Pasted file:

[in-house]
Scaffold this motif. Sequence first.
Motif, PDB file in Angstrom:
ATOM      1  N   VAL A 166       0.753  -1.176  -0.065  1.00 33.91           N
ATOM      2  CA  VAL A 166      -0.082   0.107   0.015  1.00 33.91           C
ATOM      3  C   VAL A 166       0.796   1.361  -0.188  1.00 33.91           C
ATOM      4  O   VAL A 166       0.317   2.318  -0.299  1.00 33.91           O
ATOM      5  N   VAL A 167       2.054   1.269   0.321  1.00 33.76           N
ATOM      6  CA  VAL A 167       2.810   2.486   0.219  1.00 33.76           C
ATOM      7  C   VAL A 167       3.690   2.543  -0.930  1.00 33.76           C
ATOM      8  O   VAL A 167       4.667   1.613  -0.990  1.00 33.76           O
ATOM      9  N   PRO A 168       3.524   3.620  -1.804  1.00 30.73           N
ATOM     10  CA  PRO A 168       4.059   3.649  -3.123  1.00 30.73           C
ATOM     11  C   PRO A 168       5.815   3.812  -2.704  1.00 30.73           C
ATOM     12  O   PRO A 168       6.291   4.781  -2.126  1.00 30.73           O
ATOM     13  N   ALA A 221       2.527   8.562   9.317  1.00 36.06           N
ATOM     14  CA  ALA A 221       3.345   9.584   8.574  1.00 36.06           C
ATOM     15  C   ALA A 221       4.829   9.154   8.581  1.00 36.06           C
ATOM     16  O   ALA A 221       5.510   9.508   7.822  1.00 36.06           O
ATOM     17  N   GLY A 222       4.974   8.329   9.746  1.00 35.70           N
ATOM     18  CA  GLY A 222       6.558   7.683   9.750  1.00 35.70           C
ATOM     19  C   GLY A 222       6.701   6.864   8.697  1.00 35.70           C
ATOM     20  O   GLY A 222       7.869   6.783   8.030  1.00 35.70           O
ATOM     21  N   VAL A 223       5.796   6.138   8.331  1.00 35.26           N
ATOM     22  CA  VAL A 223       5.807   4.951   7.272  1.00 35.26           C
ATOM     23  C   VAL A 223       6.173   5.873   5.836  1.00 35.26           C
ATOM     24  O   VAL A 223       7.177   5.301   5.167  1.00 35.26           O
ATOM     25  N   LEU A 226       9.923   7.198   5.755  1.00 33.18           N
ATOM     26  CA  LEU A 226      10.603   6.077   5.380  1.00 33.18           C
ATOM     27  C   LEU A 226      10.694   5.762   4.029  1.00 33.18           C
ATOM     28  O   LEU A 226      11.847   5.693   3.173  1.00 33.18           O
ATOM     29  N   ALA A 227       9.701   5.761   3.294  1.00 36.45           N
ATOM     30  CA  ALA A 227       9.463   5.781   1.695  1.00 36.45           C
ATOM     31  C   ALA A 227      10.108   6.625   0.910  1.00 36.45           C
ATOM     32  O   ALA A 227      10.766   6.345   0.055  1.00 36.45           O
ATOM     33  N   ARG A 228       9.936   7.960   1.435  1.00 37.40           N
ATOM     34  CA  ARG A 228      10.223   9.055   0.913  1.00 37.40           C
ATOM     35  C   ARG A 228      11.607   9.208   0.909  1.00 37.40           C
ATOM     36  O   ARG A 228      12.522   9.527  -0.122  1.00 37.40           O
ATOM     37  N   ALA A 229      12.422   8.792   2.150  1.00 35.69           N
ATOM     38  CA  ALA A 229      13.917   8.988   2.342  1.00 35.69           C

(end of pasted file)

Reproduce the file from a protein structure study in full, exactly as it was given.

[in-house]
Scaffold this motif. Sequence first.
Motif, PDB file in Angstrom:
ATOM      1  N   VAL A 166       0.753  -1.176  -0.065  1.00 33.91           N
ATOM      2  CA  VAL A 166      -0.082   0.107   0.015  1.00 33.91           C
ATOM      3  C   VAL A 166       0.796   1.361  -0.188  1.00 33.91           C
ATOM      4  O   VAL A 166       0.317   2.318  -0.299  1.00 33.91           O
ATOM      5  N   VAL A 167       2.054   1.269   0.321  1.00 33.76           N
ATOM      6  CA  VAL A 167       2.810   2.486   0.219  1.00 33.76           C
ATOM      7  C   VAL A 167       3.690   2.543  -0.930  1.00 33.76           C
ATOM      8  O   VAL A 167       4.667   1.613  -0.990  1.00 33.76           O
ATOM      9  N   PRO A 168       3.524   3.620  -1.804  1.00 30.73           N
ATOM     10  CA  PRO A 168       4.059   3.649  -3.123  1.00 30.73           C
ATOM     11  C   PRO A 168       5.815   3.812  -2.704  1.00 30.73           C
ATOM     12  O   PRO A 168       6.291   4.781  -2.126  1.00 30.73           O
ATOM     13  N   ALA A 221       2.527   8.562   9.317  1.00 36.06           N
ATOM     14  CA  ALA A 221       3.345   9.584   8.574  1.00 36.06           C
ATOM     15  C   ALA A 221       4.829   9.154   8.581  1.00 36.06           C
ATOM     16  O   ALA A 221       5.510   9.508   7.822  1.00 36.06           O
ATOM     17  N   GLY A 222       4.974   8.329   9.746  1.00 35.70           N
ATOM     18  CA  GLY A 222       6.558   7.683   9.750  1.00 35.70           C
ATOM     19  C   GLY A 222       6.701   6.864   8.697  1.00 35.70           C
ATOM     20  O   GLY A 222       7.869   6.783   8.030  1.00 35.70           O
ATOM     21  N   VAL A 223       5.796   6.138   8.331  1.00 35.26           N
ATOM     22  CA  VAL A 223       5.807   4.951   7.272  1.00 35.26           C
ATOM     23  C   VAL A 223       6.173   5.873   5.836  1.00 35.26           C
ATOM     24  O   VAL A 223       7.177   5.301   5.167  1.00 35.26           O
ATOM     25  N   LEU A 226       9.923   7.198   5.755  1.00 33.18           N
ATOM     26  CA  LEU A 226      10.603   6.077   5.380  1.00 33.18           C
ATOM     27  C   LEU A 226      10.694   5.762   4.029  1.00 33.18           C
ATOM     28  O   LEU A 226      11.847   5.693   3.173  1.00 33.18           O
ATOM     29  N   ALA A 227       9.701   5.761   3.294  1.00 36.45           N
ATOM     30  CA  ALA A 227       9.463   5.781   1.695  1.00 36.45           C
ATOM     31  C   ALA A 227      10.108   6.625   0.910  1.00 36.45           C
ATOM     32  O   ALA A 227      10.766   6.345   0.055  1.00 36.45           O
ATOM     33  N   ARG A 228       9.936   7.960   1.435  1.00 37.40           N
ATOM     34  CA  ARG A 228      10.223   9.055   0.913  1.00 37.40           C
ATOM     35  C   ARG A 228      11.607   9.208   0.909  1.00 37.40           C
ATOM     36  O   ARG A 228      12.522   9.527  -0.122  1.00 37.40           O
ATOM     37  N   ALA A 229      12.422   8.792   2.150  1.00 35.69           N
ATOM     38  CA  ALA A 229      13.917   8.988   2.342  1.00 35.69           C